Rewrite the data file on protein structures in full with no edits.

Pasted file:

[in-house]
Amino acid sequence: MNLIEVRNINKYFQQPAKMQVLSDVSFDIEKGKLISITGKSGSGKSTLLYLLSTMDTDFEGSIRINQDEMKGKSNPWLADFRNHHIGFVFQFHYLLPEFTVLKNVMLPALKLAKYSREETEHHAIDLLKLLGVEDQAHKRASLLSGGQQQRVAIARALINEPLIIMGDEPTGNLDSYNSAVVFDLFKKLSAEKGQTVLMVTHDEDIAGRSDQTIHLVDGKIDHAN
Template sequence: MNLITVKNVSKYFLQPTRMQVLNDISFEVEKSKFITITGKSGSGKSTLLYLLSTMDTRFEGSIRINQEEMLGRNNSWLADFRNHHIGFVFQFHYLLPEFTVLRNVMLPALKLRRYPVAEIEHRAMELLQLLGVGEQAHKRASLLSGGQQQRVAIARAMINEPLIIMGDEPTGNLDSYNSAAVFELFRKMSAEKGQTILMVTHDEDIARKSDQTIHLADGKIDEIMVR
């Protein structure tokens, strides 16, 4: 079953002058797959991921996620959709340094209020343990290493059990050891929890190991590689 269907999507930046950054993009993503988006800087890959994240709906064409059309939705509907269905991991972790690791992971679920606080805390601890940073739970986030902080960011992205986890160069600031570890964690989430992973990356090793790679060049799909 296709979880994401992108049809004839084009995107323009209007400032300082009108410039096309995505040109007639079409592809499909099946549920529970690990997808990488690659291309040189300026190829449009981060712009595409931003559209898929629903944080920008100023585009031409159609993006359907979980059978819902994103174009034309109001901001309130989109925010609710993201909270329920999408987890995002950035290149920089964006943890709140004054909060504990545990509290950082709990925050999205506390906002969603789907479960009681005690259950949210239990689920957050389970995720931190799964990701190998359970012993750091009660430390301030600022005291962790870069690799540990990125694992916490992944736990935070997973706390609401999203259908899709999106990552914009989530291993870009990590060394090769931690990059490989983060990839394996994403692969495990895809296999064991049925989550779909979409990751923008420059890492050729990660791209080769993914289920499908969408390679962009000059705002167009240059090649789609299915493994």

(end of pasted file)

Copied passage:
[in-house]
Amino acid sequence: MNLIEVRNINKYFQQPAKMQVLSDVSFDIEKGKLISITGKSGSGKSTLLYLLSTMDTDFEGSIRINQDEMKGKSNPWLADFRNHHIGFVFQFHYLLPEFTVLKNVMLPALKLAKYSREETEHHAIDLLKLLGVEDQAHKRASLLSGGQQQRVAIARALINEPLIIMGDEPTGNLDSYNSAVVFDLFKKLSAEKGQTVLMVTHDEDIAGRSDQTIHLVDGKIDHAN
Template sequence: MNLITVKNVSKYFLQPTRMQVLNDISFEVEKSKFITITGKSGSGKSTLLYLLSTMDTRFEGSIRINQEEMLGRNNSWLADFRNHHIGFVFQFHYLLPEFTVLRNVMLPALKLRRYPVAEIEHRAMELLQLLGVGEQAHKRASLLSGGQQQRVAIARAMINEPLIIMGDEPTGNLDSYNSAAVFELFRKMSAEKGQTILMVTHDEDIARKSDQTIHLADGKIDEIMVR
């Protein structure tokens, strides 16, 4: 079953002058797959991921996620959709340094209020343990290493059990050891929890190991590689 269907999507930046950054993009993503988006800087890959994240709906064409059309939705509907269905991991972790690791992971679920606080805390601890940073739970986030902080960011992205986890160069600031570890964690989430992973990356090793790679060049799909 296709979880994401992108049809004839084009995107323009209007400032300082009108410039096309995505040109007639079409592809499909099946549920529970690990997808990488690659291309040189300026190829449009981060712009595409931003559209898929629903944080920008100023585009031409159609993006359907979980059978819902994103174009034309109001901001309130989109925010609710993201909270329920999408987890995002950035290149920089964006943890709140004054909060504990545990509290950082709990925050999205506390906002969603789907479960009681005690259950949210239990689920957050389970995720931190799964990701190998359970012993750091009660430390301030600022005291962790870069690799540990990125694992916490992944736990935070997973706390609401999203259908899709999106990552914009989530291993870009990590060394090769931690990059490989983060990839394996994403692969495990895809296999064991049925989550779909979409990751923008420059890492050729990660791209080769993914289920499908969408390679962009000059705002167009240059090649789609299915493994």